Every parent will eventually be faced with “the talk” with their kids, and all parents take their own approach to this sensitive and often times awkward discussion.

In my opinion, however awkward this discussion is, it’s better for parents to have the talk with their kids as opposed to someone they met online or via a magazine article.

That’s why many parents have been upset by a recent article article in the Magazine Teen Vogue which provides its readers with a “How To” guide to anal sex.  Full with diagrams and encouraging that the partners both have “enthusiastic consent”, the diagram is aimed at boys, girls, and “inquisitive folk”.  It also explains the necessary preparation required for full comfort aimed at producing a prostate induced orgasm.

Those who oppose the article focus on the fact that, although it was written by a “sex educator”, it neglects to discuss the risks involved in anal sex.  Not to mention the fact that it essentially is encouraging the behavior.

Some risks of the behavior you may want to discuss with your kids are provided by the Centers for Disease Control and Prevention (CDC) which states, “Anal sex is the riskiest sexual behavior for getting and transmitting HIV for men and women.”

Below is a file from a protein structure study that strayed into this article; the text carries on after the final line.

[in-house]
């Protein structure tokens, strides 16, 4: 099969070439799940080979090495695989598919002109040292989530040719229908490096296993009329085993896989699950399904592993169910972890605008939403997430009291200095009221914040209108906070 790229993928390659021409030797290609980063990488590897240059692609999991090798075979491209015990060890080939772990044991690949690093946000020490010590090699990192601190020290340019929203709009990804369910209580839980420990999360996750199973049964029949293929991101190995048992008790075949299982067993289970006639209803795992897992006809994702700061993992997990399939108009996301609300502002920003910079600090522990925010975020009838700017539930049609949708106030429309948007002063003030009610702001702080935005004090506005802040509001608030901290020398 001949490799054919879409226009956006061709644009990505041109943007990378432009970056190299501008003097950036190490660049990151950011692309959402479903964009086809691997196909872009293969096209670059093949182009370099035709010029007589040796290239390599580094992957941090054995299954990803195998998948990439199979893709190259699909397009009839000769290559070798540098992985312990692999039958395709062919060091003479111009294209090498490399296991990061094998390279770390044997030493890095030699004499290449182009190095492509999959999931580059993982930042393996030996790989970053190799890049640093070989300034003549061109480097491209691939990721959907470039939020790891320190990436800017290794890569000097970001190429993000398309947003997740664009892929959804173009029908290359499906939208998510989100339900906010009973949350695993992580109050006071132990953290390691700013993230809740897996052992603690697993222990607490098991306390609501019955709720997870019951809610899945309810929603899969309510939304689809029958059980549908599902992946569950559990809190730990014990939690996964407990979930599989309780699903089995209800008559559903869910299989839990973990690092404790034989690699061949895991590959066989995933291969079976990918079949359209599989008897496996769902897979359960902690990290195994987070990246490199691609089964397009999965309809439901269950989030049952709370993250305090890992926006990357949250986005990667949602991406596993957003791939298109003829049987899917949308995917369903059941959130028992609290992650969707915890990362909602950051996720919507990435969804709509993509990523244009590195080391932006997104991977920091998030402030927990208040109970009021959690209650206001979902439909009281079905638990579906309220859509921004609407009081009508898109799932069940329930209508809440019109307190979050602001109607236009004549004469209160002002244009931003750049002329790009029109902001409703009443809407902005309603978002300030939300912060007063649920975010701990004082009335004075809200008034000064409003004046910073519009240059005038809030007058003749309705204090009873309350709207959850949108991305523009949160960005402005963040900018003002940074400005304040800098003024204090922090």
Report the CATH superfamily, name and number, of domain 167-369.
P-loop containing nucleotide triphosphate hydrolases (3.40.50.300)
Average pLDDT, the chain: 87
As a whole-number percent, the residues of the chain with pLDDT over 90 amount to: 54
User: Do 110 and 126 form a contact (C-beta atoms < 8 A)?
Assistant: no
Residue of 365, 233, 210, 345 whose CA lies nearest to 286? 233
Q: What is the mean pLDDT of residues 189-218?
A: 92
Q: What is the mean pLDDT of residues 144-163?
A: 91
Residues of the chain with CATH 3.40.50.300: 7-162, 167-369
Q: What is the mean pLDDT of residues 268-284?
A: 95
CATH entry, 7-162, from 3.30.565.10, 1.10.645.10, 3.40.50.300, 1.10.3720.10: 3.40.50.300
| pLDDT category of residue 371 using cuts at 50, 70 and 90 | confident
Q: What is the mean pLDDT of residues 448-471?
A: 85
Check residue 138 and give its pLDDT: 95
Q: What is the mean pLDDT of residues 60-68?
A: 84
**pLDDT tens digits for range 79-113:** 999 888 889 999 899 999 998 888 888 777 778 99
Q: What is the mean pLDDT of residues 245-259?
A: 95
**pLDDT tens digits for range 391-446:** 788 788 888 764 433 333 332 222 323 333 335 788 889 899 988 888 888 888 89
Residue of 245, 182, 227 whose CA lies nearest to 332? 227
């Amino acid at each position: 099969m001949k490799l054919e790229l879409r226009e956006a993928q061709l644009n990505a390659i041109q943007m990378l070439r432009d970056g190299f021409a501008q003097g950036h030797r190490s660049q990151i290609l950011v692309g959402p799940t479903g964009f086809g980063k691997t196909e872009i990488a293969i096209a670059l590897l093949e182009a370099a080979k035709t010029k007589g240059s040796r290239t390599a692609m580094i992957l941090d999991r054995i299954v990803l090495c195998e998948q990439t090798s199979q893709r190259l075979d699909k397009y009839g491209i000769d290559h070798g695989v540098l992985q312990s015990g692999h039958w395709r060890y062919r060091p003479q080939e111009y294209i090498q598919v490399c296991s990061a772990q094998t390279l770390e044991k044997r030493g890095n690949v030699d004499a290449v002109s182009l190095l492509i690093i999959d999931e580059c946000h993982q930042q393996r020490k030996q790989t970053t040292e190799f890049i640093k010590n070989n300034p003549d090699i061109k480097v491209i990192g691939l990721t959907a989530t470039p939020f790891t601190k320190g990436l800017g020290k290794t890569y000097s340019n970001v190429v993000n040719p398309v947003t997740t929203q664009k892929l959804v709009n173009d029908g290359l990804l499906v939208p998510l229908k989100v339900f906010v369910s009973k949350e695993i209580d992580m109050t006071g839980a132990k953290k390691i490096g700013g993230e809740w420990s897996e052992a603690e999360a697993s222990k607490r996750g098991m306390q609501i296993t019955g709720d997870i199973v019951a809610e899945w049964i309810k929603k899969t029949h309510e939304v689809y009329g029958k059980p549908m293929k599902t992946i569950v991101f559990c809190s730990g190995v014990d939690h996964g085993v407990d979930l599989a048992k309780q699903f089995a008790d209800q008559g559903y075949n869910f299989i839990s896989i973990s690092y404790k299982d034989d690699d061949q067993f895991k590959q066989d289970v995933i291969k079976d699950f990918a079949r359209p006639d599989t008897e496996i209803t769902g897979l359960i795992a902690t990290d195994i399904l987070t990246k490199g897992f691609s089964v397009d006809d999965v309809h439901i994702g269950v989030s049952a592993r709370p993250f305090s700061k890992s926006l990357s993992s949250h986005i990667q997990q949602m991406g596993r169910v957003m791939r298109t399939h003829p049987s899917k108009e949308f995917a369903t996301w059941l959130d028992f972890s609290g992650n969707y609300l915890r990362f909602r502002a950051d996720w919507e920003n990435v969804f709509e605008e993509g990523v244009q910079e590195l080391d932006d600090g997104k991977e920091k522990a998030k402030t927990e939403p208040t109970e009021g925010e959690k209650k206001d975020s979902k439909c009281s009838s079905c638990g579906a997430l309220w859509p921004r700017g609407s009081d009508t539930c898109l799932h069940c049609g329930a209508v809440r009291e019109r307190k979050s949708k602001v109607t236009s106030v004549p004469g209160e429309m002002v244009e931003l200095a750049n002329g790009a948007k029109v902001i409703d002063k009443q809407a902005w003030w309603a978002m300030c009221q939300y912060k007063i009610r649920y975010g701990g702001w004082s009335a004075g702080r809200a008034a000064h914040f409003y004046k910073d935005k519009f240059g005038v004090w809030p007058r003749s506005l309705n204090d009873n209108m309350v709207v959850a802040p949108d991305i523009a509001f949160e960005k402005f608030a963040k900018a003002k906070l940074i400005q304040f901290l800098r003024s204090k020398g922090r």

The CDC continues:

Being a receptive partner during anal sex is the highest-risk sexual activity for getting HIV. The bottom’s risk of getting HIV is very high because the lining of the rectum is thin and may allow HIV to enter the body during anal sex.

The insertive partner is also at risk for getting HIV during anal sex. HIV may enter the top partner’s body through the opening at the tip of the penis (or urethra) or through small cuts, scratches, or open sores on the penis.”

We want to know, what do you think about this article in Teen Vogue?  Too much?  Or are you OK with it considering that in the United States, 46 percent of all high school age students, and 62 percent of high school seniors, have had sexual intercourse.